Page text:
Alaskan Stache

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Update: VICTORY!! Programming replacement car keys
« Reply #3 on: February 04, 2016, 02:49:25 PM »
Problem Solved for $14.38!!!

I was not ready to give in and fork over several hundred dollars to get TWO CAR KEYS!!

Some more searching turned up this amazing little device : http://www.amazon.com/gp/product/B00DJ2D45O?psc=1&redirect=true&ref_=oh_aui_detailpage_o01_s00

I read the reviews and decided to roll the $14 dice on this one.  It showed up in about 10 days (direct from Hong Kong!) and I located user instructions in the Amazon reviews.  3 minutes later I had 2 functioning Chip Keys for my Corolla!!

I generally stay away from uni-tasking devices, but this one paid off in spades!!  I think I might be a little TOO thrilled with myself and this solution....

Now I just have to figure out how to get this in the hands of someone else who's about to drop some Benjamins on a new key....

AZDude

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Advertise on craigslist as a cheap way to get new keys, like $20?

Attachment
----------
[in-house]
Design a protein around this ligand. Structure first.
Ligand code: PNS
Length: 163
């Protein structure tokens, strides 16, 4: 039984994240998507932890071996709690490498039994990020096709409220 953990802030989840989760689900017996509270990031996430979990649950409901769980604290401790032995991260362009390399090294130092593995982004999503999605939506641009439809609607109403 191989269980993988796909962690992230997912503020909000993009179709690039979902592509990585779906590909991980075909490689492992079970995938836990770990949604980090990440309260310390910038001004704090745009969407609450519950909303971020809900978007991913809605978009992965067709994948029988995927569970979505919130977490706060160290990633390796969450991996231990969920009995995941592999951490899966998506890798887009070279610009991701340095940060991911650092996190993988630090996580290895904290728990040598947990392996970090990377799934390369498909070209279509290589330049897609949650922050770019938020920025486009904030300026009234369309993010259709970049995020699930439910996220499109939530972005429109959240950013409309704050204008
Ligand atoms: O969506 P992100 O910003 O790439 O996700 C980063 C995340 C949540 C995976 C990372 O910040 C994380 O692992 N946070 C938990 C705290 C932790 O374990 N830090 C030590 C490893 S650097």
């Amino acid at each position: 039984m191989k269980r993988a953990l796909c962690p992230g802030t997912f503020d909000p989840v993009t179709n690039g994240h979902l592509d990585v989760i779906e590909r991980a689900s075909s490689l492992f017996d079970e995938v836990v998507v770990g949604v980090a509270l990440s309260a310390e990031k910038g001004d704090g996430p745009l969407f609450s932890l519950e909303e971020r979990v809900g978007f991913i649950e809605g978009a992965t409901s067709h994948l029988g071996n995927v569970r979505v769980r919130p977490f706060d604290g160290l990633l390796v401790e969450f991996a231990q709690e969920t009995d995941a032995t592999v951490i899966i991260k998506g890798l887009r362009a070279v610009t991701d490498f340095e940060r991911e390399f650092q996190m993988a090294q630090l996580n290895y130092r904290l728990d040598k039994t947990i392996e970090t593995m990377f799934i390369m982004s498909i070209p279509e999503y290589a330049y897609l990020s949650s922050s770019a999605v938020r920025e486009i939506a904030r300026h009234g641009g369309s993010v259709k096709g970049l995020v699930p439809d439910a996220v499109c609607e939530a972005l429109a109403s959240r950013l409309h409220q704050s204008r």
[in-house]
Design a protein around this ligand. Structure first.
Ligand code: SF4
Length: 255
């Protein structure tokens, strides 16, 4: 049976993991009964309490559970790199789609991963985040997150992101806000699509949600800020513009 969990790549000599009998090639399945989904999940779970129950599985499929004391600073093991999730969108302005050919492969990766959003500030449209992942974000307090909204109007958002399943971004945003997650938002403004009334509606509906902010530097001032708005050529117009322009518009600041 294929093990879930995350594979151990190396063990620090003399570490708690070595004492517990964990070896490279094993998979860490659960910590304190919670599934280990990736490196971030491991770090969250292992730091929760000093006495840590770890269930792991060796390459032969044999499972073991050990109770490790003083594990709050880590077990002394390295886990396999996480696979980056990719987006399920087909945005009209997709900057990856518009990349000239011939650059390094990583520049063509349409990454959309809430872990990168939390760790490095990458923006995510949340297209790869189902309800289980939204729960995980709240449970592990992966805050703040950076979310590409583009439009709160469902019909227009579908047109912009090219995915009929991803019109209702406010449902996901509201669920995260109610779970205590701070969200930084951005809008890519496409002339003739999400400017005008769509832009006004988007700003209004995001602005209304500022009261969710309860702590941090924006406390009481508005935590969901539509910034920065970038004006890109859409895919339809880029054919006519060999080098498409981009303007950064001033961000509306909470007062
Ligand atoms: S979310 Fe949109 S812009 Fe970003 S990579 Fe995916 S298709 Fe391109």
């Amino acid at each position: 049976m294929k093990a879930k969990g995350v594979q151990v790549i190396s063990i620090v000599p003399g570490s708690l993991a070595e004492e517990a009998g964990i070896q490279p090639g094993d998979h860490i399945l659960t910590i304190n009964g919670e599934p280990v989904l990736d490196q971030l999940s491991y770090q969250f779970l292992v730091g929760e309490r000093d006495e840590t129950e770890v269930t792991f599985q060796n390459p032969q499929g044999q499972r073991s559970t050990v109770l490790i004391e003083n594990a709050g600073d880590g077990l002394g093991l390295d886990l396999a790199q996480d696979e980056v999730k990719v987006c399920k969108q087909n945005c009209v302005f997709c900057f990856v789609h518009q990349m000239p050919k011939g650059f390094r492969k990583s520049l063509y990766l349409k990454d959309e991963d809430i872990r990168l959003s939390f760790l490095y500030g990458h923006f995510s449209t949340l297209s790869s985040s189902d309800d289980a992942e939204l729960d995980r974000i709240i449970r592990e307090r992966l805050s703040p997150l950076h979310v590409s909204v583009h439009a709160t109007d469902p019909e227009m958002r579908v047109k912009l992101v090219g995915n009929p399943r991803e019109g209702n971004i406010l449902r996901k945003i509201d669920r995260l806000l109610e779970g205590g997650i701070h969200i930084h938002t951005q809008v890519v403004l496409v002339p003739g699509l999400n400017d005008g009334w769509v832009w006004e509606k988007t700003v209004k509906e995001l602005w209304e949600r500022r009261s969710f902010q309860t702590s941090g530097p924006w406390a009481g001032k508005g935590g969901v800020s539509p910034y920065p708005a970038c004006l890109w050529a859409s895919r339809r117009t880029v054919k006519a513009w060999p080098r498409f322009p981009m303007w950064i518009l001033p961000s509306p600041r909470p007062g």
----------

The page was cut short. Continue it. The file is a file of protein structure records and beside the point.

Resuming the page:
zolotiyeruki

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Re: Update: VICTORY!! Programming replacement car keys
« Reply #5 on: February 04, 2016, 06:08:03 PM »
Problem Solved for $14.38!!!

I was not ready to give in and fork over several hundred dollars to get TWO CAR KEYS!!

Some more searching turned up this amazing little device : http://www.amazon.com/gp/product/B00DJ2D45O?psc=1&redirect=true&ref_=oh_aui_detailpage_o01_s00
Nice!  I wish they had one for Hondas...

ditheca

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My local Ace Hardware has a guy that can program most keys, and if it doesn't work there's no charge.

lakemom

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Advertise on craigslist as a cheap way to get new keys, like $20?

+1

Alaskan Stache

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Advertise on craigslist as a cheap way to get new keys, like $20?

Clever idea, but I have a device that works on a very small subset of vehicles, I don't sell replacement key blanks, and I don't cut keys.  That's a pretty niche market and I've got better side hustles I can put my energy in.  Thanks!